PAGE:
What is anxiety?
Anxiety is a common enough feeling that everyone experiences at some stage. It can be a normal emotional response to stressful situations.
Anxiety is also a natural emotional response that can help us prepare for challenges, like sitting an exam or worrying about an awkward social occasion.
What makes one person anxious may not create the same response in someone else.
A break-up, concern about exams or work, or a fight with a friend can make you feel anxious, worried or scared.
While anxiety is an everyday feeling, it can become a problem when there is no obvious reason for that anxiety, or when anxious feelings persist for more than a couple of weeks.
How can anxiety affect you?
Taken on their own, individual symptoms of anxiety are things we all experience from time-to-time.
However, if you’re experiencing more than one of the following, over a couple of weeks or longer, you may need some extra support.
Physical effects of anxiety
- dry mouth and/or difficulty swallowing
- difficulty getting to and staying asleep
- poor concentration
- muscle tension and headaches
- rapid heart rate and breathing
- sweating or trembling
- flare-up of another health problem or illness (e.g. dermatitis, asthma)
- sexual problems, such as not having any sexual feelings or being interested in sex.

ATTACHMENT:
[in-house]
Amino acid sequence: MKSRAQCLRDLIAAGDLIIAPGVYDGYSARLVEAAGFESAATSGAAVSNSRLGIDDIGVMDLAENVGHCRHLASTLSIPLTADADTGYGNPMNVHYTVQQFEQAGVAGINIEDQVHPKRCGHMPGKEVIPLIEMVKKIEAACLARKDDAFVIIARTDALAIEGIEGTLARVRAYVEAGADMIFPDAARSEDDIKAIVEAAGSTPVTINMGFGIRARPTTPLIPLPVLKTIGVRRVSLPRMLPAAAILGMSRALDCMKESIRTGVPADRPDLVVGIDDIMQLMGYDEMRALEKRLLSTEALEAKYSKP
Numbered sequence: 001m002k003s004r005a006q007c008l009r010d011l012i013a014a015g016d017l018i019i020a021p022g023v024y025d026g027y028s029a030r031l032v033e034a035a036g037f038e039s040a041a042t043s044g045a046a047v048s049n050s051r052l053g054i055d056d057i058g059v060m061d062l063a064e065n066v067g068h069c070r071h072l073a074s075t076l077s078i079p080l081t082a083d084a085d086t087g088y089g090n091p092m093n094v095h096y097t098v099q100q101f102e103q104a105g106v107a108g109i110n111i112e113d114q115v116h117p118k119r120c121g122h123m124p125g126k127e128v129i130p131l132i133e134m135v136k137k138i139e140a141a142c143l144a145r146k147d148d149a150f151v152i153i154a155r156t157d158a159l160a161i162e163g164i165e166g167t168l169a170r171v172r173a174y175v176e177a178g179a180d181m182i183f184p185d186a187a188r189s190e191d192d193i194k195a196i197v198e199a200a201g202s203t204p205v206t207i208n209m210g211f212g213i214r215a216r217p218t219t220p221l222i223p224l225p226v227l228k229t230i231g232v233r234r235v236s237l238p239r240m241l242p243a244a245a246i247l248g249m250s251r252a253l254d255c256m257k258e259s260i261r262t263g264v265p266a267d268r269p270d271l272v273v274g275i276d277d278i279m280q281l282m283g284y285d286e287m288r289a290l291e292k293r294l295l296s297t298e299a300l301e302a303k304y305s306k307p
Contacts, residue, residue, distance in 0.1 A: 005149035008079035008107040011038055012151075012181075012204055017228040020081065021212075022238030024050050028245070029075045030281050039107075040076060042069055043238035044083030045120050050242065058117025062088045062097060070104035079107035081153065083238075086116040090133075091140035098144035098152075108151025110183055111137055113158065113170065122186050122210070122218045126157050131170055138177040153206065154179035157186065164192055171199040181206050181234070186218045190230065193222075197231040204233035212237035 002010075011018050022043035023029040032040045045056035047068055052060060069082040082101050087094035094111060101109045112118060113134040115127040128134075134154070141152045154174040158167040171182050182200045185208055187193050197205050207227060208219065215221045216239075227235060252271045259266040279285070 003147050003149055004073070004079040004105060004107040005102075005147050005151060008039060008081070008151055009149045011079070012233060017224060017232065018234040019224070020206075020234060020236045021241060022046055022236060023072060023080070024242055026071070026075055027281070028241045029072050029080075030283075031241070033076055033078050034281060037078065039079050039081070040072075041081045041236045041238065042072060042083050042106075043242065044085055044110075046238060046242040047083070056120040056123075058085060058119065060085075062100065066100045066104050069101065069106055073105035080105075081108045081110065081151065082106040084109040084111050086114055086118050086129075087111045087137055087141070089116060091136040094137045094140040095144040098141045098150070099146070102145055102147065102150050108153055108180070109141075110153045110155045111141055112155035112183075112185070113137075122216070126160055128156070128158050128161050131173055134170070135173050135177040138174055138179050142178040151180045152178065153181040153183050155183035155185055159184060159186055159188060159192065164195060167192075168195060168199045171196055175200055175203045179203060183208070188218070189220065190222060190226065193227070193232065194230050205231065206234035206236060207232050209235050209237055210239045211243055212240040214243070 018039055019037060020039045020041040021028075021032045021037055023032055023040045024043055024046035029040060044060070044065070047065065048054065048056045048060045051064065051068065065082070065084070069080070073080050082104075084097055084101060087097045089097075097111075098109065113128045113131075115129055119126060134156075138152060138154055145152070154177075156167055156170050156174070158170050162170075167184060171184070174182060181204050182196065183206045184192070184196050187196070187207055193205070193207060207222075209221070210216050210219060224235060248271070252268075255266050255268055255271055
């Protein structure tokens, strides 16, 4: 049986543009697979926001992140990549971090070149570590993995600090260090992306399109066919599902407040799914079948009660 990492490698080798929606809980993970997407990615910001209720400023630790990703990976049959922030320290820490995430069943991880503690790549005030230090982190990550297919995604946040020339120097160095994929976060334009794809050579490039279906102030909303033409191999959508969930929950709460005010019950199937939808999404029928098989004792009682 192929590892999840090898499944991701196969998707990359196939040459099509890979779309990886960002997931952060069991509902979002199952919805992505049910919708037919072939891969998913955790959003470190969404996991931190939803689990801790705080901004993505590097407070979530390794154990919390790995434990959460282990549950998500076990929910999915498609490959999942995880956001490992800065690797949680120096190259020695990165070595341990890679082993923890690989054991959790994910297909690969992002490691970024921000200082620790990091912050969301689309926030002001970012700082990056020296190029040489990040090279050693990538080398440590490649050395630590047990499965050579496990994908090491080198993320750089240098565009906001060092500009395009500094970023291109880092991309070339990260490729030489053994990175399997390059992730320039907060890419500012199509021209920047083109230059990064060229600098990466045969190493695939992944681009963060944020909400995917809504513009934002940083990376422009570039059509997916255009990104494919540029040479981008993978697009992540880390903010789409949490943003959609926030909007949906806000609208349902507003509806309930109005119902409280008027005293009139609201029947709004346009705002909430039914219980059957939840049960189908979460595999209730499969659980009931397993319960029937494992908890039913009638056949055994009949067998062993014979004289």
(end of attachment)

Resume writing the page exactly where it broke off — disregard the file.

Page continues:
Some common ways anxiety can affect your behaviour and feelings include:
- irritability or constantly being in a bad mood
- worry or constantly feeling that something bad is about to happen
- asking many unnecessary questions and requiring constant reassurance
- being a perfectionist
- being pessimistic and easily able to identify what may go wrong in any given situation.
How to reduce feelings of anxiety
To start with, identify the times you get anxious and what causes you stress. While doing this, can you see changes you could make that might help?
Are there people that make the situation better or worse? Are there things that make you feel more relaxed that you can do more of?
Eating and exercise
There are loads of ways to relax but some of us need to learn how. Different things work for different people, so you need to find what works for you.
Yoga, pilates and meditation are very popular these days with classes available in nearly every town, but they’re not for everyone and not the only way to relax.
Going for a walk, run or playing football with a friend or just taking some time out for yourself are all methods of relaxing.
When you’re feeling anxious, remind yourself this is an uncomfortable feeling and it will pass. Try to distract yourself by thinking about something different.
See if you can concentrate on your breathing, focusing your attention elsewhere. Read more about self-talk.
Bottling things up can increase how anxious you feel. It can be hard but if possible, talk to a friend, family member or a GP about what’s making you feel anxious.
The simple act of talking to someone outside the situation can help get some perspective.
Give it time
Changes in behaviour don’t happen overnight. But, you can learn to manage feelings of anxiety and not let them take over.
Following the tips here will help and don’t forget to reach out to someone to talk about it.
If you’re feeling so anxious that it’s impacting on your day-to-day life, you might need some extra support. See face-to-face help to see who you can talk to if you decide you want outside help.
People like your local doctor or a clinical psychologist can help you either themselves or can refer you to someone who suits.
Search www.counsellingdirectory.ie for a counsellor or psychologist in your area.
Read about generalised anxiety disorder and the other articles in the site about anxiety and information on the causes and management.